As a taxpayer you are obliged to pay your taxes. Failure to meet your tax obligations may result in civil penalties, criminal penalties, or both. A single breach of your obligations may result in both a civil and a criminal penalty. For example, tax evasion is subject to both criminal and civil penalties.
What is a civil penalty? A civil penalty is one imposed by Inland Revenue rather than a court. The most common kinds of civil penalties include: late filing penalties; non-electronic filing penalties; late payment penalties; and shortfall penalties.
What is a criminal penalty? A criminal penalty is one imposed by a court upon conviction of an offence. The most common kinds of criminal penalties include: evasion; obstruction; and aiding or abetting another person to commit an offence.
Late filing penalties
You are obliged to file your tax returns on time. If you don’t, you may have to pay a late filing penalty. The late filing penalty does not apply Fringe Benefit Tax (FBT) returns.
Inland Revenue will contact you if a penalty is going to be imposed. You can still avoid the penalty if you file your return promptly or have a valid reason for not filing your return on time.
Acceptable reasons include circumstances beyond your control, such as illness or accident, and being unable to obtain the information needed to complete your return.
The amount of penalty depends on your net income. The three penalty bands are:
- Below 100,000 ($50 penalty);
- Between $100,000 to $1 million ($250 penalty); and
- More than $1 million ($500 penalty).
The late filing penalty for a reconciliation statement, an employer monthly schedule and an annual ICA return is $250.
- A penalty imposed must be paid:
- For an annual tax return, 30 days from the date of the penalty notice or the terminal tax date (whichever is later);
- For a reconciliation statement, 30 days from the date of the penalty notice or the date by which the statement needs to be filed (whichever is later);
- For an annual ICA return, 30 days from the date of the penalty notice or the date by which the return needs to be filed (whichever is later);
- For an employer monthly schedule, on the 5th day following the month in which the schedule needs to be filed by the employer. If the gross amount of withholding tax of the employer is less than $500,000, then on the 20th day of the following month;
- For a GST return, on the 28th of the second month after the end of the GST period. If the GST period is December, then on 15 February. If the GST period is April, then on 7 June.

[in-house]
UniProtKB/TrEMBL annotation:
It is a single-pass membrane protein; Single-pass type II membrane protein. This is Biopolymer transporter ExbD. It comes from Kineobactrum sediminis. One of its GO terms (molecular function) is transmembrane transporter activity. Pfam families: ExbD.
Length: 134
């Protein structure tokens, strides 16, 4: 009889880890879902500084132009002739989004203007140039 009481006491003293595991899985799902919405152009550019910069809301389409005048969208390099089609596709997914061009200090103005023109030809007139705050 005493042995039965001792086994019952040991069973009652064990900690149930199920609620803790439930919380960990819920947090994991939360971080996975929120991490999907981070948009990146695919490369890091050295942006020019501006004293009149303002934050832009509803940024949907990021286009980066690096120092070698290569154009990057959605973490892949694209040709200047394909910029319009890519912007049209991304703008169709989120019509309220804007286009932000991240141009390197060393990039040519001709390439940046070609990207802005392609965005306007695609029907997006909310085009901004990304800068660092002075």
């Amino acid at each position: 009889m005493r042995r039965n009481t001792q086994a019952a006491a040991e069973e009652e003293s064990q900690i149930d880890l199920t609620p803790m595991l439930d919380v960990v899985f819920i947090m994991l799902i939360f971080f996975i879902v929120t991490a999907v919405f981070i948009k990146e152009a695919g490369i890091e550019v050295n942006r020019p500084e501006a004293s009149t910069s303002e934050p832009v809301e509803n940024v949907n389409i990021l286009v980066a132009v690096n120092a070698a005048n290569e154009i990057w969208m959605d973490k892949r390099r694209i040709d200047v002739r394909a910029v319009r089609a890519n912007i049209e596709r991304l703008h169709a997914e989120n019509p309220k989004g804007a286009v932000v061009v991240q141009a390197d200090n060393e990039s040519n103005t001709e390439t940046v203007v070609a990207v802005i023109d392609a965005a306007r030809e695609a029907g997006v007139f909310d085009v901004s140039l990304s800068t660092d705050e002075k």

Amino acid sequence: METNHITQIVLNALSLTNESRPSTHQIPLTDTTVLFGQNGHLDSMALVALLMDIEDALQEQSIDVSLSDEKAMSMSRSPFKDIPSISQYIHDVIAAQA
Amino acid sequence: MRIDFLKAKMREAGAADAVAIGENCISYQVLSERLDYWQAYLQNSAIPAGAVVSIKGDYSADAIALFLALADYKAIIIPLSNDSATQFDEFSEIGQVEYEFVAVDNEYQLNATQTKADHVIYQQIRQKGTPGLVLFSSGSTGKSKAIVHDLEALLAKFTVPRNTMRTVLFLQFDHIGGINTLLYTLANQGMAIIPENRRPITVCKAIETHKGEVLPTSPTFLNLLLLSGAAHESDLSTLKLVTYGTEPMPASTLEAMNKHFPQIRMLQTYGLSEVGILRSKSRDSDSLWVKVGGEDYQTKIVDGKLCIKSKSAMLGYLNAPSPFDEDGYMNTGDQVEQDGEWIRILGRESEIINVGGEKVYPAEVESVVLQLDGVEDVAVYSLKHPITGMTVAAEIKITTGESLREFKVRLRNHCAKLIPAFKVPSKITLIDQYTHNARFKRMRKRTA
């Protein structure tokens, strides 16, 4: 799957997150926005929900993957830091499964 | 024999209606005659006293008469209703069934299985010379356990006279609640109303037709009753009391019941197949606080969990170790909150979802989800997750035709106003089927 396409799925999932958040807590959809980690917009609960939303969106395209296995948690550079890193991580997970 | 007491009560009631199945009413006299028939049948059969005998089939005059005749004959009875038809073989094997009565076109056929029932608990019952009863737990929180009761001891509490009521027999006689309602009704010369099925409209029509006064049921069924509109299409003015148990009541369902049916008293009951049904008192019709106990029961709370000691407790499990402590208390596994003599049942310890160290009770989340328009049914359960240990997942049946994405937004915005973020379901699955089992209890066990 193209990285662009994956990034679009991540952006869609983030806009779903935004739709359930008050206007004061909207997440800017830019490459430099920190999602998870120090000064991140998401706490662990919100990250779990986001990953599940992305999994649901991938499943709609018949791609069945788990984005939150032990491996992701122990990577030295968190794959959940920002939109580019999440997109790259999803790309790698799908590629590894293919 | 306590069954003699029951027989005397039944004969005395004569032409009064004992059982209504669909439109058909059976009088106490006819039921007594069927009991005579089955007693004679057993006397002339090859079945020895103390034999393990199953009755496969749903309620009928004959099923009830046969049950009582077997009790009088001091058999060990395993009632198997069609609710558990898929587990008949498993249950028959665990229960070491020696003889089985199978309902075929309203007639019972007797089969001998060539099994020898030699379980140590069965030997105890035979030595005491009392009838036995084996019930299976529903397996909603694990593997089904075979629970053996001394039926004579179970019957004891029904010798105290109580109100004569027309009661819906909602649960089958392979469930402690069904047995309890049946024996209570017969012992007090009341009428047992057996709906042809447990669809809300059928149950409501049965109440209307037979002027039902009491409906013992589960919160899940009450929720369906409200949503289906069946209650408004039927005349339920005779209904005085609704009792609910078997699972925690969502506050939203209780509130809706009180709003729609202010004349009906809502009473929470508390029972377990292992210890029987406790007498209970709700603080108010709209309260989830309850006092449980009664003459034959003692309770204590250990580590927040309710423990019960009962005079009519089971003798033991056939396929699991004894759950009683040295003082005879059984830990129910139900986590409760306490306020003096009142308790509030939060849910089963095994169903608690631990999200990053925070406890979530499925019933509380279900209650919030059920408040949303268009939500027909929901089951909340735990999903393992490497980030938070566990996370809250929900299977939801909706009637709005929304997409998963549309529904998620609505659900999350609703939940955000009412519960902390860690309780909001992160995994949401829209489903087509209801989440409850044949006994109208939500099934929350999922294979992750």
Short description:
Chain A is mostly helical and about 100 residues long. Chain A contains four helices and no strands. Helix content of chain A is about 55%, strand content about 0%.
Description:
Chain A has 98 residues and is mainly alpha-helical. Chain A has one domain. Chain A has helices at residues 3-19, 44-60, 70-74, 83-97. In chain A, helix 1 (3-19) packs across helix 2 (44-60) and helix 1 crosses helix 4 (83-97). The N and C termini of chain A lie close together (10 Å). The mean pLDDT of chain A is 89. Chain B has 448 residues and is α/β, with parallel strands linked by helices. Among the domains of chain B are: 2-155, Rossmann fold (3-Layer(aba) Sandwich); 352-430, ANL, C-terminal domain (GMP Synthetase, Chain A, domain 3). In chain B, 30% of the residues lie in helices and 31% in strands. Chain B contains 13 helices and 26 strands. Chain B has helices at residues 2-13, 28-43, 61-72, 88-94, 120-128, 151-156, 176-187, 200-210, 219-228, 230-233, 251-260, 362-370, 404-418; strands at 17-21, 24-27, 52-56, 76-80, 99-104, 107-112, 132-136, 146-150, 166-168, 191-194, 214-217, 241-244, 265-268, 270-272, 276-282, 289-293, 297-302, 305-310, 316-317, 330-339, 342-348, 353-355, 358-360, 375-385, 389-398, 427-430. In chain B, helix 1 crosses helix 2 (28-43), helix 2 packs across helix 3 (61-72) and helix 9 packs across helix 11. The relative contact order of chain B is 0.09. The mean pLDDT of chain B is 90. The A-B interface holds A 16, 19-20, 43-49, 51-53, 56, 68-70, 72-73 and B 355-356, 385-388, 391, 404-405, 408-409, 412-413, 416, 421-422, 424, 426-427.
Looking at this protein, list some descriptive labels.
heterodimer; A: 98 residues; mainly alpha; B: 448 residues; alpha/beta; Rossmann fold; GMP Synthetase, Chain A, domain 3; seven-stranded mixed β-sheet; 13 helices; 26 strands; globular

Late payment penalties
You are obliged to pay your tax on time. If you don’t, you may have to pay a late payment penalty.
The late payment penalty consists of an initial penalty for paying tax late and a monthly incremental penalty on the amount owing.
The initial late payment penalties are calculated on the amount of late or unpaid tax. The initial penalty is 5% of the unpaid tax and comprises a 1% penalty the day after the due date and 4% penalty of the total outstanding amount not paid within a week of the due date.
Late payment penalties are not charged on unpaid tax of $100 or less.
The monthly incremental penalty of 1% applies on the outstanding amount of any unpaid tax and penalties.Where a taxpayer is in financial difficulty, Inland Revenue may choose to remit tax or enter into payment arrangements.
If you contact Inland Revenue before the due date, the 4% penalty or the incremental late payment penalty can be waived.
If you contact Inland Revenue after the due date the incremental late payment penalty can be waived.
You are obliged to pay your tax. Failing to take reasonable care in calculating your tax can result in shortfall penalties on unpaid tax.
A shortfall penalty is imposed on unpaid tax that should have been included in the original tax calculation.
There are five categories of behaviour that decide the penalty to be applied. The penalty increases in proportion to the seriousness of the breach. The categories are:
Failure to take reasonable care (20% penalty);
Adopting an unacceptable tax position (20% penalty);
Gross carelessness (40% penalty);
Abusive tax position, where shortfall exceeds $50,000 (100% penalty); and
Evasion (150% penalty).
Aiding or abetting
If you aid, abet, incite, or conspire with another person to commit a tax offence you will be liable to the same criminal penalties that applied to the principal offender.
Criminal penalties for knowingly offending include:
Imprisonment for a maximum of 5 years; and
Up to $50,000 for each offence.
Do not obstruct Inland Revenue with their enquires. If you obstruct Inland Revenue in calculating your correct tax obligations an additional civil penalty of 25 per cent on the unpaid tax can be imposed on you.
You are entitled to contact your tax agent before allowing them to enter your premises. Contact us immediately if in doubt.
Penalties can be reduced if you disclose the tax shortfall. However timing of the disclosure is critical. Disclosure:
Before notice of an Inland Revenue investigation will reduce the penalty for not taking reasonable care, or for taking an unacceptable tax position, or for an unacceptable interpretation, by 100 per cent.
Before notice of an Inland Revenue investigation will reduce other shortfall penalties by 75 per cent.
After notice of an Inland Revenue investigation, but before the investigation starts, will reduce all shortfall penalties by 40 per cent.
Penalties are not deductible.
Lawyer’s expenses in defending criminal or civil penalties are not deductible.
See us first
Before making any financial decisions.
To assist you in meeting the necessary legal or financial requirements.
If you consider that any of the issues contained in this fact sheet may affect you.